Virginia governor creates state unmanned systems commission

By Patrick C. Miller | June 18, 2015

Virginia Gov. Terry McAuliffe has signed an executive order establishing the Virginia Unmanned Systems Commission (VUSC).

According to the governor’s office, the commission’s objective is to bring public and private sector experts together to make recommendations that assist Virginia in becoming a national leader in unmanned systems.

"Capitalizing on Virginia’s advantages in the unmanned systems industry is key to building a new Virginia economy," McAuliffe said. "This executive order will lay the foundation for my administration's efforts to make this Commonwealth the world's leader in unmanned systems and seize the enormous economic opportunities that accompany growing this industry.”

VUSC is expected be a key asset in charting the way forward in growing the unmanned systems industry, as well as creating new jobs and economic opportunities across Virginia, McAuliffe said.

U.S. Sen. Mark Warner, D-Virginia—an advocate for unmanned aerial system (UAS)—said that because the state is home to some the nation’s top defense and technology companies, the unmanned systems industry offers “enormous potential” for the public and private sectors.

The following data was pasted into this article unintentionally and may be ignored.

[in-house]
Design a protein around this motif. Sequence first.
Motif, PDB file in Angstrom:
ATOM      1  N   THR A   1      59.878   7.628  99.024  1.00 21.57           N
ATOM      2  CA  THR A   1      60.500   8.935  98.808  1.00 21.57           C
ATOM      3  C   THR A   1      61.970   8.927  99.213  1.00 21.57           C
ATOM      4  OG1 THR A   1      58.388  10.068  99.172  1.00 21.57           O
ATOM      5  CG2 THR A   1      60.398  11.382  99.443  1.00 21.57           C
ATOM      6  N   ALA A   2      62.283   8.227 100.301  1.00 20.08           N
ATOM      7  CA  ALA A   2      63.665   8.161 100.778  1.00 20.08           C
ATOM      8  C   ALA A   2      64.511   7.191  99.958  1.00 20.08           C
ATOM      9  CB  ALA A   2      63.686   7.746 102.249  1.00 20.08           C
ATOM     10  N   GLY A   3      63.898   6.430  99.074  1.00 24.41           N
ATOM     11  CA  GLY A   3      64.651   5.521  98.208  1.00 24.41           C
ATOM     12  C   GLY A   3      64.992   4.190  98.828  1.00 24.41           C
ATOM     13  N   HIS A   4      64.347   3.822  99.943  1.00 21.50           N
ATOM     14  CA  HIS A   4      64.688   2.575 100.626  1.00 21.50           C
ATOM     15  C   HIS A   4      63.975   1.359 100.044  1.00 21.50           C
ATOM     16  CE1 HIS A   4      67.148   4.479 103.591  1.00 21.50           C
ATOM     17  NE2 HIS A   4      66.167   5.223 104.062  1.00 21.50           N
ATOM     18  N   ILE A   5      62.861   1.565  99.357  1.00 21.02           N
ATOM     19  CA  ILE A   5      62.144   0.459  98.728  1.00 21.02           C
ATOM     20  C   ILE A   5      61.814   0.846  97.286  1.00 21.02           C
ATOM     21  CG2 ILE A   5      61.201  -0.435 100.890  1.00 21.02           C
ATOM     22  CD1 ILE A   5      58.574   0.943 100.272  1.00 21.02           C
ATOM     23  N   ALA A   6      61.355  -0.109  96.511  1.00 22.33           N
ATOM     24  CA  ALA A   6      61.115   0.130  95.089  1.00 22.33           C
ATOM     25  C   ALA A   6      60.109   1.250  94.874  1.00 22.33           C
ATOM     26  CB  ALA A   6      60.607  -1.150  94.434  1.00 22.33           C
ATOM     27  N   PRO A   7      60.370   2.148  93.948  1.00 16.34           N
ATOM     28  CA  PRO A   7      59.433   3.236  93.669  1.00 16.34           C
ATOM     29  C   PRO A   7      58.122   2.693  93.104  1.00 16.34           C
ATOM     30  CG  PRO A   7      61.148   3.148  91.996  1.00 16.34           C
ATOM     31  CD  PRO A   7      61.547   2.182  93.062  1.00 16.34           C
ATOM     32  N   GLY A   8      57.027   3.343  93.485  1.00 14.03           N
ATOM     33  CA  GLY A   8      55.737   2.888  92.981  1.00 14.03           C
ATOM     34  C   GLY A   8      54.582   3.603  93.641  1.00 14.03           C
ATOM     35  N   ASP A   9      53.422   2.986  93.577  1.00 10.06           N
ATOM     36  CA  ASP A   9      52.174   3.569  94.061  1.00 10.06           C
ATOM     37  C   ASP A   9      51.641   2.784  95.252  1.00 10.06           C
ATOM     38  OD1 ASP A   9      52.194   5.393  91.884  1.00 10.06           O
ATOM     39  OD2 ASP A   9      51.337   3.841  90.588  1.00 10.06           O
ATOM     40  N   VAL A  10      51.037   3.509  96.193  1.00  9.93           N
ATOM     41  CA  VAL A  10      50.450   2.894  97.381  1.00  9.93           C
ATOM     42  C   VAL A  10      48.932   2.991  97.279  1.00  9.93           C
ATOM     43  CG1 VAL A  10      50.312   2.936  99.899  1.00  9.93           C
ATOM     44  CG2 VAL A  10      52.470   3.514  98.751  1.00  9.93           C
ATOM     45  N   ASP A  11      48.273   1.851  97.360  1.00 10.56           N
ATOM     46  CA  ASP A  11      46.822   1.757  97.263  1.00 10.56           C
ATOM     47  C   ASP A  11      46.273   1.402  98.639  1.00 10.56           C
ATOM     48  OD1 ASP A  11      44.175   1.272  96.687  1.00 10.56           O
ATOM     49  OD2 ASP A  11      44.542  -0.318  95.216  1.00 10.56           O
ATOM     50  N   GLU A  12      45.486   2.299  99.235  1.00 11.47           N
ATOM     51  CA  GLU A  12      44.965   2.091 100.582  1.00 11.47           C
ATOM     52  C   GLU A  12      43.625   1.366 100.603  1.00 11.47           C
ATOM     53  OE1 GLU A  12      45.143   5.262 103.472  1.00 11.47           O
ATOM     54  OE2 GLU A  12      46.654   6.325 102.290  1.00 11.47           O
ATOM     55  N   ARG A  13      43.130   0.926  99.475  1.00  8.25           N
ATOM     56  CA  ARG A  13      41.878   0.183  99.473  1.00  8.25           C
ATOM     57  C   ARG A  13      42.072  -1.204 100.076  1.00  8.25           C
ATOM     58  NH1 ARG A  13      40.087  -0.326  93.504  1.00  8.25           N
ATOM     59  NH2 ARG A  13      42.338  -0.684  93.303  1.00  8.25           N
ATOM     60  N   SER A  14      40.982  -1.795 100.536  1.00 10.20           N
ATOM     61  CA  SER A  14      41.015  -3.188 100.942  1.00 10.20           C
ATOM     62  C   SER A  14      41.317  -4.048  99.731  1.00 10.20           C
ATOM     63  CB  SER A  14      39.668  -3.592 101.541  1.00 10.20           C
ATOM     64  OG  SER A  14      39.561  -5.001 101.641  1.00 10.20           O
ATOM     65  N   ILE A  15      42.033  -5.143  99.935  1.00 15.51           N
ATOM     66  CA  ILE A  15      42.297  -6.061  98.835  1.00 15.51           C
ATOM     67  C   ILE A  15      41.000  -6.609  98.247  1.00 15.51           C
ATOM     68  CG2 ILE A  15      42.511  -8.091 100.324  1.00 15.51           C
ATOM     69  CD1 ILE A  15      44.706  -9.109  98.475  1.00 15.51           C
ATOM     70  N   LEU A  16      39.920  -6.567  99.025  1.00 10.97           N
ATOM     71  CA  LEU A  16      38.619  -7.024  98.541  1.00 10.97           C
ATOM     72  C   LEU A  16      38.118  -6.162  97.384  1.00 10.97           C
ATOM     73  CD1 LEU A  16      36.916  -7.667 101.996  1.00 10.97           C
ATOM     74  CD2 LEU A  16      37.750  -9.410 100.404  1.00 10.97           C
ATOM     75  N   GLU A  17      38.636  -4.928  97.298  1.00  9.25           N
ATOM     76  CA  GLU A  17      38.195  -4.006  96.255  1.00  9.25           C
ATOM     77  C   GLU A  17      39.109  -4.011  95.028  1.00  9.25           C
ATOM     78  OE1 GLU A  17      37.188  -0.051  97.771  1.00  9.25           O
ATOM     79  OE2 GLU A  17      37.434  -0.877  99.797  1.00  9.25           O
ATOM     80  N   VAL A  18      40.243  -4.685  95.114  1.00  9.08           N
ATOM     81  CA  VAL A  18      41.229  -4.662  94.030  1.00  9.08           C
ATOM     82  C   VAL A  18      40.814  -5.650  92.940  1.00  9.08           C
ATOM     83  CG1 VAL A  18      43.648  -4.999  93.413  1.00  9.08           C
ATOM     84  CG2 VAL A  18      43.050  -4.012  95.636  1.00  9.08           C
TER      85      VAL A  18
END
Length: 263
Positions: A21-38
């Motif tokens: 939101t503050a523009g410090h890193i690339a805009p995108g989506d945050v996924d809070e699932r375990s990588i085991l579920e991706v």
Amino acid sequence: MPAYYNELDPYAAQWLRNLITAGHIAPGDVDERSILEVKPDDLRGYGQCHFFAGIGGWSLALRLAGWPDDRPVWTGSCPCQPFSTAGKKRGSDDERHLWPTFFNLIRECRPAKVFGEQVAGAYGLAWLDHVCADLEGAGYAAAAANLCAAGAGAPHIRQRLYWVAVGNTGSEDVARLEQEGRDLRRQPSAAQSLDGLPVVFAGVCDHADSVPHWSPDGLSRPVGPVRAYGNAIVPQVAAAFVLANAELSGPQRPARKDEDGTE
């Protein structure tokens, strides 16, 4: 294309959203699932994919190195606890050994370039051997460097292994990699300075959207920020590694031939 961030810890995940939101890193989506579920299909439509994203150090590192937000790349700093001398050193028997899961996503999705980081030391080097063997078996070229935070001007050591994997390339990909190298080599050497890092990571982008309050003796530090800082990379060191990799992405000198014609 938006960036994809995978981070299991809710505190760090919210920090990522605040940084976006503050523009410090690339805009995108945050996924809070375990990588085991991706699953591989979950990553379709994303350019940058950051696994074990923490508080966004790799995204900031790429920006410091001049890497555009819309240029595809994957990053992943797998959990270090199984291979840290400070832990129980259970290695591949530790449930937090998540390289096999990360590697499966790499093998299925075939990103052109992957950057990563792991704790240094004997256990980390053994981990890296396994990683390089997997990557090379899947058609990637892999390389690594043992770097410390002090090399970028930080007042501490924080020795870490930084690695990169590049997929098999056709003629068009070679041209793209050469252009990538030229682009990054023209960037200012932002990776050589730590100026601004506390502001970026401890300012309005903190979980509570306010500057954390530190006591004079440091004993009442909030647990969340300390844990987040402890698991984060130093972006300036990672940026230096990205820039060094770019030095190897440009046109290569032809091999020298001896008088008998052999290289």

“This commission will focus on ways we can strengthen Virginia’s position to take advantage of all economic and technological development that this growing industry has to offer,” he said.

The executive order went into effect immediately and will remain in effect for a year unless amended or rescinded by another executive order.

Virginia is home to a U.S. Federal Aviation Administration (FAA) UAS test-site to develop unmanned aerial technologies through the Mid-Atlantic Aviation Partnership (MAAP). 

Commission members—who serve in an advisory role—will include Virginia’s secretaries of technology, commerce and trade; education; veterans and defense affairs; two representatives from the state’s congressional delegation; and 11 citizens appointed by the governor.

VUSC’s objectives are to identify unmanned systems industries in Virginia; determine the challenges and needs of the industry; make recommendations to encourage the industry’s development; market the industry; provide an interim report to the governor by Nov. 30 this year; and issue an annual report of its findings.

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